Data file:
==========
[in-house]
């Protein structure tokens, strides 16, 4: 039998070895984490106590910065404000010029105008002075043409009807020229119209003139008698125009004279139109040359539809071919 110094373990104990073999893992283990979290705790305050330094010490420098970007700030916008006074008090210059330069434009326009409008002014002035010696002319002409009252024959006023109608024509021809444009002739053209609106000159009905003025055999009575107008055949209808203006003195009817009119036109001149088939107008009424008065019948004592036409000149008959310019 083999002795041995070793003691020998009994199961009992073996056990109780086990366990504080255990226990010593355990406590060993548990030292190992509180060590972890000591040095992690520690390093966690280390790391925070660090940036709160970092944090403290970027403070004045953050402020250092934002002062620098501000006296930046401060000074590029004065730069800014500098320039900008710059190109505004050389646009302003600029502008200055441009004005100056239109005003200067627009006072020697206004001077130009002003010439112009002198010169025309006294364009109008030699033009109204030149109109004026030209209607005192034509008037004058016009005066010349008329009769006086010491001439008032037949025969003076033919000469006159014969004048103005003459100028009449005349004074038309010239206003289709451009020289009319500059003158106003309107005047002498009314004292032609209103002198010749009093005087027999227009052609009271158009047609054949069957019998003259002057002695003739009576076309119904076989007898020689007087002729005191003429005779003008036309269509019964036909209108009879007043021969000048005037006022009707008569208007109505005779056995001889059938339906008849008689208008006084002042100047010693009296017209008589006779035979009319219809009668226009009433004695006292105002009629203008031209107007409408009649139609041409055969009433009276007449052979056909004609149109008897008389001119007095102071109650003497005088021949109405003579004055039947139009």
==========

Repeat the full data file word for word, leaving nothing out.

[in-house]
């Protein structure tokens, strides 16, 4: 039998070895984490106590910065404000010029105008002075043409009807020229119209003139008698125009004279139109040359539809071919 110094373990104990073999893992283990979290705790305050330094010490420098970007700030916008006074008090210059330069434009326009409008002014002035010696002319002409009252024959006023109608024509021809444009002739053209609106000159009905003025055999009575107008055949209808203006003195009817009119036109001149088939107008009424008065019948004592036409000149008959310019 083999002795041995070793003691020998009994199961009992073996056990109780086990366990504080255990226990010593355990406590060993548990030292190992509180060590972890000591040095992690520690390093966690280390790391925070660090940036709160970092944090403290970027403070004045953050402020250092934002002062620098501000006296930046401060000074590029004065730069800014500098320039900008710059190109505004050389646009302003600029502008200055441009004005100056239109005003200067627009006072020697206004001077130009002003010439112009002198010169025309006294364009109008030699033009109204030149109109004026030209209607005192034509008037004058016009005066010349008329009769006086010491001439008032037949025969003076033919000469006159014969004048103005003459100028009449005349004074038309010239206003289709451009020289009319500059003158106003309107005047002498009314004292032609209103002198010749009093005087027999227009052609009271158009047609054949069957019998003259002057002695003739009576076309119904076989007898020689007087002729005191003429005779003008036309269509019964036909209108009879007043021969000048005037006022009707008569208007109505005779056995001889059938339906008849008689208008006084002042100047010693009296017209008589006779035979009319219809009668226009009433004695006292105002009629203008031209107007409408009649139609041409055969009433009276007449052979056909004609149109008897008389001119007095102071109650003497005088021949109405003579004055039947139009």